On its website, the gun company says that "With a Bushmaster for security and home defense, you can sleep tight knowing that your loved ones are protected. Bushmaster offers everything you need to ensure the safety of you and your family. ... And with their intimidating looks, all Bushmasters make a serious impression. Any gun will make an intruder think. A Bushmaster will make them think twice."
Scott Ostrosky, a local shooting range owner in Connecticut, told ABC News that many of his customers are attracted to the gun because of its similarities to the military weapons, but they're generally responsible people who are just target shooting for fun.
"Yeah, it's fun," he said. "We shoot glass bottles. We shoot up old beer kegs, just garbage items. We get a kick out of shooting... Some people fancy high-dollar golf clubs for their chosen recreation, other people fancy a gun like that for their recreation."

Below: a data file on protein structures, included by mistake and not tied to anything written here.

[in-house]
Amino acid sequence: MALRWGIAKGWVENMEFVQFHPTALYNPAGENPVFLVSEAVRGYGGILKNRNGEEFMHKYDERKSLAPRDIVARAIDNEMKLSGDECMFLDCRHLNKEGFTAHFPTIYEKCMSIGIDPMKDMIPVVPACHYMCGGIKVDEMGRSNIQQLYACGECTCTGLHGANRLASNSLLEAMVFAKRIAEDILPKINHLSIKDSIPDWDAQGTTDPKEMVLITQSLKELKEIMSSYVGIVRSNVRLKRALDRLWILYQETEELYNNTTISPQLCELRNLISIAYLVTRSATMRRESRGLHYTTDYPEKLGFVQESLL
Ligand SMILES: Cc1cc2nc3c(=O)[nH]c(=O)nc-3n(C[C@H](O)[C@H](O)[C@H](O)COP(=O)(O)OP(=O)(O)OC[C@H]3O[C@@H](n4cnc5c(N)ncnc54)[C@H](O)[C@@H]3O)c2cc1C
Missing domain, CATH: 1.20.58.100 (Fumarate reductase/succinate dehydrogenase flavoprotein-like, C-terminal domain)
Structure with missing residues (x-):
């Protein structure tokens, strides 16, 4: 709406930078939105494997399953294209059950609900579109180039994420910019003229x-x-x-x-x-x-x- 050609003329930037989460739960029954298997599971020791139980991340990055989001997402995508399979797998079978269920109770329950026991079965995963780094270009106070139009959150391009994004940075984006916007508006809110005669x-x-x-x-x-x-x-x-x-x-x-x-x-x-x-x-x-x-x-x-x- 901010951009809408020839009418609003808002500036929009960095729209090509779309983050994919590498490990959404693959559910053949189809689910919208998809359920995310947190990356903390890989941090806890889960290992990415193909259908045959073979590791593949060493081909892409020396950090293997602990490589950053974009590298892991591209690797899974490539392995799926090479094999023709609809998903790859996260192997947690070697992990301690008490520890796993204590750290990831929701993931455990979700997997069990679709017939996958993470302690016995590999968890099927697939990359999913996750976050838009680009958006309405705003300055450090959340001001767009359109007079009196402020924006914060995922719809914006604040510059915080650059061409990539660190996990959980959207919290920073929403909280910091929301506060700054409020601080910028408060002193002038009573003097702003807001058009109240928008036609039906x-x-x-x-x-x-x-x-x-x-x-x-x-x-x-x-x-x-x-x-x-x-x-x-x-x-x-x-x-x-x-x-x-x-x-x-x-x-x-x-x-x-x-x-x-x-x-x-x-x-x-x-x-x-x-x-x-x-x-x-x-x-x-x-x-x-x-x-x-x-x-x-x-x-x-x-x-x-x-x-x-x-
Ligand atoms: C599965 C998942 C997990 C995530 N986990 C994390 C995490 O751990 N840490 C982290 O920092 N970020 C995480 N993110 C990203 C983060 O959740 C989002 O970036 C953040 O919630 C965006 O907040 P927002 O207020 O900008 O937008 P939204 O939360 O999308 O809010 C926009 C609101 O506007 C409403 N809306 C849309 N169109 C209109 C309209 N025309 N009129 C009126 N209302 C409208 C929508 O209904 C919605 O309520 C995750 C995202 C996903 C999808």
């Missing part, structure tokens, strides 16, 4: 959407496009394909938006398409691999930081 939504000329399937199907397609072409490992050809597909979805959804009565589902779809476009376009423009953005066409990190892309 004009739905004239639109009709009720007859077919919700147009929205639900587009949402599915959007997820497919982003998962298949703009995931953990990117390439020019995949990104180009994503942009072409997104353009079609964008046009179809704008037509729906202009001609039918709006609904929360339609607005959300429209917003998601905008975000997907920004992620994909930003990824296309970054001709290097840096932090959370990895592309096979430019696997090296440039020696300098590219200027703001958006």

But Brad Garrett said he thought the Bushmaster had "empowered" Lanza. "And once he had decided at some point he was going to commit this mass shooting," said Garrett, "he now has been trained with a piece of equipment that will accomplish that."
Lanza was not the first to take a Bushmaster outside the realm of home defense and recreation and into the bloody pages of a national tragedy.
In 2002 the men known as the Beltway snipers, John Muhammed and Lee Boyd Malvo, used a Bushmaster .223 to shoot more than a dozen people. In that case, Bushmaster contributed $500,000 to a multi-million-dollar settlement with the victims' families, who claimed the gun manufacturer didn't do as much as it should to keep the guns out of the hands of criminals. Bushmaster said its contribution to the settlement did not amount to an admission of guilt.
Representatives for Bushmaster did not respond to an emailed request for comment for this report.
ABC News' Rich Esposito, Pierre Thomas, Jack Date and The Associated Press contributed to this report.